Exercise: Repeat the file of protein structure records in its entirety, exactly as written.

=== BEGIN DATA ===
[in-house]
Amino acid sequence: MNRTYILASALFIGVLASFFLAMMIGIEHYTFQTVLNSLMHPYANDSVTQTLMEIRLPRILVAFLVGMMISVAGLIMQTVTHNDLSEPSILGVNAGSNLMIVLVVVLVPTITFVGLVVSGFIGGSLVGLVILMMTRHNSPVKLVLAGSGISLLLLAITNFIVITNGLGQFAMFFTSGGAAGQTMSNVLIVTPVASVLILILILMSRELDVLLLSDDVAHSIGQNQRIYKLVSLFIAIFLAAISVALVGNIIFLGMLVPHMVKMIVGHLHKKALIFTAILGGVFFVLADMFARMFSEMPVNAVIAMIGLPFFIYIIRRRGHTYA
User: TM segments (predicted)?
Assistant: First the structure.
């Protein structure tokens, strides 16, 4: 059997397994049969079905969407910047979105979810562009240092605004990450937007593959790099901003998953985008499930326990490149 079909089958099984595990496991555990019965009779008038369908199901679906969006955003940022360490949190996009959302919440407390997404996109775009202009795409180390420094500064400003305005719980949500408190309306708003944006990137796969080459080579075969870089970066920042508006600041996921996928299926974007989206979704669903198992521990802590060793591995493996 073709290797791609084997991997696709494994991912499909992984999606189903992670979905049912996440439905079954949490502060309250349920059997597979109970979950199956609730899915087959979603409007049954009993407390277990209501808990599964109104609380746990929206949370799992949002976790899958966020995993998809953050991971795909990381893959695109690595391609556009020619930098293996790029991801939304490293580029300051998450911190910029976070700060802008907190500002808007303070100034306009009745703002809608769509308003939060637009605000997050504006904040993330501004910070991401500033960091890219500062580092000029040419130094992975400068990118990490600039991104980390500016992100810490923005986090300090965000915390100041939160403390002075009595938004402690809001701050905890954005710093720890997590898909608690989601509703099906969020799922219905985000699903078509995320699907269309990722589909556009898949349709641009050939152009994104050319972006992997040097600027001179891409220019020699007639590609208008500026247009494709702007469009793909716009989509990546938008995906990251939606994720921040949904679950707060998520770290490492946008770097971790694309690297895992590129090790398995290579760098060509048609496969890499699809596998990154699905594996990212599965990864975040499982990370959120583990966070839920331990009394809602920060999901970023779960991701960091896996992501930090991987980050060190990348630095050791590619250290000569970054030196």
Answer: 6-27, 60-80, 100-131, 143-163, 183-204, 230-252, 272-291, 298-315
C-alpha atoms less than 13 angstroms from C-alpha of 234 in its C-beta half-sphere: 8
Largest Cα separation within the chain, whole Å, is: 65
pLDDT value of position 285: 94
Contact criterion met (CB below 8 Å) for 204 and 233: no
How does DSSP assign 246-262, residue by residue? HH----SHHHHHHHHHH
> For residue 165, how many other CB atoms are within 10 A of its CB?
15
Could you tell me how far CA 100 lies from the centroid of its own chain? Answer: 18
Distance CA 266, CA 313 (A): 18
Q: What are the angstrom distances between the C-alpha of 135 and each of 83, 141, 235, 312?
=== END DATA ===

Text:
[in-house]
Amino acid sequence: MNRTYILASALFIGVLASFFLAMMIGIEHYTFQTVLNSLMHPYANDSVTQTLMEIRLPRILVAFLVGMMISVAGLIMQTVTHNDLSEPSILGVNAGSNLMIVLVVVLVPTITFVGLVVSGFIGGSLVGLVILMMTRHNSPVKLVLAGSGISLLLLAITNFIVITNGLGQFAMFFTSGGAAGQTMSNVLIVTPVASVLILILILMSRELDVLLLSDDVAHSIGQNQRIYKLVSLFIAIFLAAISVALVGNIIFLGMLVPHMVKMIVGHLHKKALIFTAILGGVFFVLADMFARMFSEMPVNAVIAMIGLPFFIYIIRRRGHTYA
User: TM segments (predicted)?
Assistant: First the structure.
């Protein structure tokens, strides 16, 4: 059997397994049969079905969407910047979105979810562009240092605004990450937007593959790099901003998953985008499930326990490149 079909089958099984595990496991555990019965009779008038369908199901679906969006955003940022360490949190996009959302919440407390997404996109775009202009795409180390420094500064400003305005719980949500408190309306708003944006990137796969080459080579075969870089970066920042508006600041996921996928299926974007989206979704669903198992521990802590060793591995493996 073709290797791609084997991997696709494994991912499909992984999606189903992670979905049912996440439905079954949490502060309250349920059997597979109970979950199956609730899915087959979603409007049954009993407390277990209501808990599964109104609380746990929206949370799992949002976790899958966020995993998809953050991971795909990381893959695109690595391609556009020619930098293996790029991801939304490293580029300051998450911190910029976070700060802008907190500002808007303070100034306009009745703002809608769509308003939060637009605000997050504006904040993330501004910070991401500033960091890219500062580092000029040419130094992975400068990118990490600039991104980390500016992100810490923005986090300090965000915390100041939160403390002075009595938004402690809001701050905890954005710093720890997590898909608690989601509703099906969020799922219905985000699903078509995320699907269309990722589909556009898949349709641009050939152009994104050319972006992997040097600027001179891409220019020699007639590609208008500026247009494709702007469009793909716009989509990546938008995906990251939606994720921040949904679950707060998520770290490492946008770097971790694309690297895992590129090790398995290579760098060509048609496969890499699809596998990154699905594996990212599965990864975040499982990370959120583990966070839920331990009394809602920060999901970023779960991701960091896996992501930090991987980050060190990348630095050791590619250290000569970054030196």
Answer: 6-27, 60-80, 100-131, 143-163, 183-204, 230-252, 272-291, 298-315
C-alpha atoms less than 13 angstroms from C-alpha of 234 in its C-beta half-sphere: 8
Largest Cα separation within the chain, whole Å, is: 65
pLDDT value of position 285: 94
Contact criterion met (CB below 8 Å) for 204 and 233: no
How does DSSP assign 246-262, residue by residue? HH----SHHHHHHHHHH
> For residue 165, how many other CB atoms are within 10 A of its CB?
15
Could you tell me how far CA 100 lies from the centroid of its own chain? Answer: 18
Distance CA 266, CA 313 (A): 18
Q: What are the angstrom distances between the C-alpha of 135 and each of 83, 141, 235, 312?